I work in fitness now, but I actually have an MBA. There is one skill I developed from my education, beyond getting something that looked good on a resumé and allowed me to garner well-paying jobs until I decided to throw it all away so I could write about fitness (we all have our crosses to bear), and that is in the area of strategic planning. I’m going to share that learning with you on how it can be applied to getting in shape.
Step 1: Set long-term (outcome) goals
Before you start getting in shape, you need to have an idea of what you want to achieve. It may be things like weight loss, muscle gain, a specific physical accomplishment like running a marathon or completing a triathlon – or it could be just a picture of someone you’d like to look like stuck to the fridge. These are your long-term goals, also called outcome goals. Outcome goals are achieved by going through a process, which means achieving a bunch of process goals, but we’ll get into that next.
Step 2: Figure out the process that achieves the desired outcome
If you want to lose weight, you need to do things like eat a healthier, calorie-restricted diet and engage in as much aerobic exercise (like running, cycling, swimming, aerobics classes, cardio machines, etc.) as you can handle and find time for. Also, if you want to gain muscle, then you need to consider things like weightlifting or Pilates.
How many times you engage in these various activities, including doing things like increasing fruit and vegetable intake and reducing junk food and alcohol intake, are the process goals that you need to achieve week after week to reach your ultimate outcome.
Step 3: Figure out which process goals you find most appealing
You don’t need to do every possible process to achieve your goals – just the ones you like most. Swimming would help me stay slim, but I hate it, so I run and cycle instead. Olympic-style weightlifting is good for adding muscle and creating explosive power, but I don’t like that either, so I do kettlebells instead.
So figure out – using some experimentation – what you like and what you don’t, and then get a routine together of the stuff you like. It helps if you get some training too.
Step 4: Time management
One adage of time management is that if everything is a priority, then nothing is. You need to decide that doing things like exercising on a regular basis and taking the time to prepare healthy meals is a priority for you. When you do that, you’ll find the time.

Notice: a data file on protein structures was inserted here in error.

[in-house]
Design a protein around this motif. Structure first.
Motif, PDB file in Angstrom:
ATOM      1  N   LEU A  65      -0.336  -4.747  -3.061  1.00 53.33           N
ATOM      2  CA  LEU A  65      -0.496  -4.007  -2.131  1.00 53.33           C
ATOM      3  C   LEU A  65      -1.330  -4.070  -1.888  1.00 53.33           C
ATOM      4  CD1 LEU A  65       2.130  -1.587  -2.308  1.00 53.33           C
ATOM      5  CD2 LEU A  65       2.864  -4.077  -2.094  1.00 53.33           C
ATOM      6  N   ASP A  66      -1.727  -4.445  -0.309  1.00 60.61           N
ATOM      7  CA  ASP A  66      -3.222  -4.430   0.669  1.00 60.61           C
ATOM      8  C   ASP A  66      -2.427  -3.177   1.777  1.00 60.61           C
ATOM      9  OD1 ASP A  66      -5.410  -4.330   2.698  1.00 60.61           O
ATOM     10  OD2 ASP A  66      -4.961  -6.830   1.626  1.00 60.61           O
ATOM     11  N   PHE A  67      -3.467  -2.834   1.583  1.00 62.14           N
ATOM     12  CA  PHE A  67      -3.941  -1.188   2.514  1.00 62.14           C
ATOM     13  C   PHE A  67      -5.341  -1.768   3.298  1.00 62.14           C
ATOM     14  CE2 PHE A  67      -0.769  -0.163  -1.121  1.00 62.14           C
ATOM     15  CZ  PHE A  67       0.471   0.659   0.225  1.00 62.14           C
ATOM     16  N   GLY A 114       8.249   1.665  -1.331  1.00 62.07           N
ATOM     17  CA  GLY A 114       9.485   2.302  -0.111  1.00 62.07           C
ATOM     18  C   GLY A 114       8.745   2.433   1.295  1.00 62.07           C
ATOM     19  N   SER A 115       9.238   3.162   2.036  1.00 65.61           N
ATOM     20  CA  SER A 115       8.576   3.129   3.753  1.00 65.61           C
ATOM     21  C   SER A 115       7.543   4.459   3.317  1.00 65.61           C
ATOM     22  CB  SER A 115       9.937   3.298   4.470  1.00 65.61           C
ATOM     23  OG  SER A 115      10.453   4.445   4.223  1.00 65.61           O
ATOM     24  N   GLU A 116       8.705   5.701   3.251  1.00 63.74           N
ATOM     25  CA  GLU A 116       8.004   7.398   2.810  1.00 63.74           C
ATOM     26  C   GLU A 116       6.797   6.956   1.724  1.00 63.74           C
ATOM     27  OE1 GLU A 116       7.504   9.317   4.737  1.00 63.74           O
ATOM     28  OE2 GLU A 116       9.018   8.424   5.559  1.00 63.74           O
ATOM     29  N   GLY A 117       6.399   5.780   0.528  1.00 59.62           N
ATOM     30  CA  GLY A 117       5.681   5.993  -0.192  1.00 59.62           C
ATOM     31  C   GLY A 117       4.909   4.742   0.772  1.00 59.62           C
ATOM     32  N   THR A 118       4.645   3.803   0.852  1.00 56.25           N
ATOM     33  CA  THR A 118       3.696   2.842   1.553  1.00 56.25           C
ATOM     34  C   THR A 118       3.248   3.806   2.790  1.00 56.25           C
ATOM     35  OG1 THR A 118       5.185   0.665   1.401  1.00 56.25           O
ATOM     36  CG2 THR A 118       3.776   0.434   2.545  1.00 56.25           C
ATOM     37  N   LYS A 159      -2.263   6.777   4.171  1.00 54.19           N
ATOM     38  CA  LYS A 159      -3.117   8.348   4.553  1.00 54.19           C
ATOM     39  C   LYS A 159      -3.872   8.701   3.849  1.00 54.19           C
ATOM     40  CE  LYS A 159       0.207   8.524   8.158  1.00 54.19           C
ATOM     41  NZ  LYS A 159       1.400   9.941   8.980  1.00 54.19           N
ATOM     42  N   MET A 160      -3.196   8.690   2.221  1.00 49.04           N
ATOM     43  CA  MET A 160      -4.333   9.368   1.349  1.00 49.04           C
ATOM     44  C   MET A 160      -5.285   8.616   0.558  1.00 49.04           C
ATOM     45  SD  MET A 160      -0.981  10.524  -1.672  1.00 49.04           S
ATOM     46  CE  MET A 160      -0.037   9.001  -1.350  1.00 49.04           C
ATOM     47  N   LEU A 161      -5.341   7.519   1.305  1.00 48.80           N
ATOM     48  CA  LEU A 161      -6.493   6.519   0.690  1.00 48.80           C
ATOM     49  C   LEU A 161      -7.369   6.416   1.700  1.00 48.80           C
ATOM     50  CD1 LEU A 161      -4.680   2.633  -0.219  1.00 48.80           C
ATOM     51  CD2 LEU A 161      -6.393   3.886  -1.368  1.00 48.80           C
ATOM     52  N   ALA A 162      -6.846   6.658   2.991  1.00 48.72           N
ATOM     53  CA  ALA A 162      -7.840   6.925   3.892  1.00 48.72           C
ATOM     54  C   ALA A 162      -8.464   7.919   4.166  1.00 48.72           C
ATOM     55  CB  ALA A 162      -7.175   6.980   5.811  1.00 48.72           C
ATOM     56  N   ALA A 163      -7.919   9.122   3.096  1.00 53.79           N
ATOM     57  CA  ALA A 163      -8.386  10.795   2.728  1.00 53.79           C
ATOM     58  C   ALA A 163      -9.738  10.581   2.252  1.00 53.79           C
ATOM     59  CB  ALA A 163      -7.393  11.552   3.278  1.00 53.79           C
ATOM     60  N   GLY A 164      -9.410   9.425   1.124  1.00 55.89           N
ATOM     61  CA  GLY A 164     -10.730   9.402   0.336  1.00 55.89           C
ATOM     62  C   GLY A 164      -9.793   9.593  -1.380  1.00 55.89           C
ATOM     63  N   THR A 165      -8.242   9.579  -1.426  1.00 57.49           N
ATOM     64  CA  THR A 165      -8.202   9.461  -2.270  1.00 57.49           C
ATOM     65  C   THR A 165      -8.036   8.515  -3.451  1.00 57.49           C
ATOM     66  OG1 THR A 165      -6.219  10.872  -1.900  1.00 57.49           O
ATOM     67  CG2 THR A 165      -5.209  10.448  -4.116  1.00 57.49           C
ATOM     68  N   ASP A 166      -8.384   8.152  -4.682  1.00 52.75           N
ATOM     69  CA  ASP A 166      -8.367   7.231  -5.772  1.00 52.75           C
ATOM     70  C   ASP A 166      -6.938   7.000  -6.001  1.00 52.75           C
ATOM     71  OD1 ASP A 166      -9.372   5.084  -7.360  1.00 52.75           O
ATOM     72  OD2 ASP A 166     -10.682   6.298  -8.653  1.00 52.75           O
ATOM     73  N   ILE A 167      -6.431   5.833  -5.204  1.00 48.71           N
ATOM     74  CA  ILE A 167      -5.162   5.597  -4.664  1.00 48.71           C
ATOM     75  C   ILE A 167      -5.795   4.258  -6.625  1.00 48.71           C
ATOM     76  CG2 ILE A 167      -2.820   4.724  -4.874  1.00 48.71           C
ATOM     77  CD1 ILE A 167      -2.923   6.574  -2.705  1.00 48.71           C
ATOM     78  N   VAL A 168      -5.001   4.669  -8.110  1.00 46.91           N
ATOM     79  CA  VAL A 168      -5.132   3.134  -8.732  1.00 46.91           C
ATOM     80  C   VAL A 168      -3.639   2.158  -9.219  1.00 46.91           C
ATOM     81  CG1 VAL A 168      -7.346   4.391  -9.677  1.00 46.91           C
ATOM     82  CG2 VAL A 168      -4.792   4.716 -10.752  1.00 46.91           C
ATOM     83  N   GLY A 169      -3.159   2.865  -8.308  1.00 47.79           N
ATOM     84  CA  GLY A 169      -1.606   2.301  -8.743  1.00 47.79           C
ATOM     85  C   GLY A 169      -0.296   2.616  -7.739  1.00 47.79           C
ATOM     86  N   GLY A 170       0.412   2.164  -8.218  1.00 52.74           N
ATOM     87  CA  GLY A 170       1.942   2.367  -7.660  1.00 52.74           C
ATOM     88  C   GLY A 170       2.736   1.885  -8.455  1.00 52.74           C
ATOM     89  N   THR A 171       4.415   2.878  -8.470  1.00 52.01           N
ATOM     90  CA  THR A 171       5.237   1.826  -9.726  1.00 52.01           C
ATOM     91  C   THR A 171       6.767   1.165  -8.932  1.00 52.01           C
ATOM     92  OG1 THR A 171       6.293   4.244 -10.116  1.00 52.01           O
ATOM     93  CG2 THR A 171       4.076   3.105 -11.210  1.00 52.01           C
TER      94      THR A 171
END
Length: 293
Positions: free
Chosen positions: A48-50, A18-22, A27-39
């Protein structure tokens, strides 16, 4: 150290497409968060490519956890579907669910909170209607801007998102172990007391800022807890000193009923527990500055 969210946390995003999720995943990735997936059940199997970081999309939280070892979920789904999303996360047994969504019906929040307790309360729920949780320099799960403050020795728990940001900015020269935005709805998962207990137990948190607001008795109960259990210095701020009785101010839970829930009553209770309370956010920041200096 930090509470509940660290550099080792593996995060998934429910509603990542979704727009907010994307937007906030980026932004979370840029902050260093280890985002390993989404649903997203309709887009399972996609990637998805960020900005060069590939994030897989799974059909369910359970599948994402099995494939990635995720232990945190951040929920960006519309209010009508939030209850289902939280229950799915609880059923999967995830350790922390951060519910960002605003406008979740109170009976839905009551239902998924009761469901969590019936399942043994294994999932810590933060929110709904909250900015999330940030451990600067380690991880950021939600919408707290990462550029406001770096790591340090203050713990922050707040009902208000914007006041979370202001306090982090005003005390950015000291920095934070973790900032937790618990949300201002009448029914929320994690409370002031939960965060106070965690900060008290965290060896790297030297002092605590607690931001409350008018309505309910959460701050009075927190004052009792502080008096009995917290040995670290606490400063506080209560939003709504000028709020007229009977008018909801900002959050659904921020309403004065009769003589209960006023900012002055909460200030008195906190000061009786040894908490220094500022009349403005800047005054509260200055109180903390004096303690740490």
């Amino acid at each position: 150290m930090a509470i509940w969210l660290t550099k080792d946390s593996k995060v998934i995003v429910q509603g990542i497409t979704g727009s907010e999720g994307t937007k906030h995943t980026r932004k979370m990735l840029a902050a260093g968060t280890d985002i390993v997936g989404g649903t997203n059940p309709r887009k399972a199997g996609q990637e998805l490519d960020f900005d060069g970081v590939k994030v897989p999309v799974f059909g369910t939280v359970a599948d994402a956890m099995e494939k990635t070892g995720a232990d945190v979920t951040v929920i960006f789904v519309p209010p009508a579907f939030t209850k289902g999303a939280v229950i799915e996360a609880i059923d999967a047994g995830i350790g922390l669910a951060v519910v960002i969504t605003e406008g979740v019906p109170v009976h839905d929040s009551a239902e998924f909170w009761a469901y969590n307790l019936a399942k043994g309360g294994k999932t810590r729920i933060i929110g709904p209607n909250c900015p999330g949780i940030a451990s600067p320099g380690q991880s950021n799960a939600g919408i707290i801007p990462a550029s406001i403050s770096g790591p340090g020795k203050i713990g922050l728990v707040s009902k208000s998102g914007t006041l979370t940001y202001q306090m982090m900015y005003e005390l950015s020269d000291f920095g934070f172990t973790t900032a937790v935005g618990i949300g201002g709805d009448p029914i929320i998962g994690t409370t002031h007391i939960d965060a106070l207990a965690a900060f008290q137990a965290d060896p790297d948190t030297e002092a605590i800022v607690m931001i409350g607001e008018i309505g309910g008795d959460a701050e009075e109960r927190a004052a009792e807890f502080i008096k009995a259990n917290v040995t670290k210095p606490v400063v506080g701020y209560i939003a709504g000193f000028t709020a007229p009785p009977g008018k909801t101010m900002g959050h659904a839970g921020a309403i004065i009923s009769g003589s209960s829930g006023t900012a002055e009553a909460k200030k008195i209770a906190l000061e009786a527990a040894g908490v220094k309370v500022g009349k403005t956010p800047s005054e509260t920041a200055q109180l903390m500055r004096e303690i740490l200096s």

Speaking of finding the time, it doesn’t appear out of thin air; you need to search for it. Go through your schedule and figure out where the holes are. Determine what it is that you do that wastes time. How much TV do you watch, for example? Think about periods of time throughout the day that you actually could be exercising. Could you get up a little early and do it in the morning? Can you go workout at lunch? Are there times that you take your kids to events and you have some time to kill when you could do something like run or just walk?
I will repeat, you must make healthy living a high priority. Decide that it’s okay to take some “me time” to exercise, and you will be amazed at just how much time you can make to push yourself with exercise and enjoy cooking healthy meals rather than hitting the drive-through or ordering pizza.
Step 5: Adapt
Don’t expect to get it all right the first time. You need to work out a plan in advance, this is what’s called a “living document” that acts as a general guide of what to do. Just remember what Field Marshall Helmuth Carl Bernard von Moltke said: “No battle plan ever survives contact with the enemy.”
So keep revisiting the plan and making necessary adaptations in terms of what time of day you exercise, what exercises you do, where you exercise etc.
Step 6: Incrementally improve
If you’re not currently active and not eating the healthiest of diets, you can’t go through a dramatic shift in lifestyle overnight. People hate change, so you need to pace yourself and choose the tortoise approach over that of the hare.
You don’t have to create the ultimate plan right from the get-go. You can start with small outcome goals and small process goals. Then create a new plan as you get used to your routine and are ready to step things up a notch.
If you’re feeling overwhelmed, I will leave you with a bit math to make things seem more manageable. Imagine this: You start off with exercising just 30 minutes a week, but you add just a measly five minutes to the amount you exercise each week.
Do you know what happens when you do that? Within one year you are exercising almost five hours every week. Not only is that something to be proud of, but it’s a serious commitment to the exercise process that can achieve some ambitious outcome goals.
James S. Fell, MBA, is a certified strength and conditioning specialist in Calgary, AB. He writes the column “In-Your-Face Fitness” for the Los Angeles Times and consults with clients on strategic planning for fitness and health. Get a free metabolism report at Body For Wife. Email James at firstname.lastname@example.org.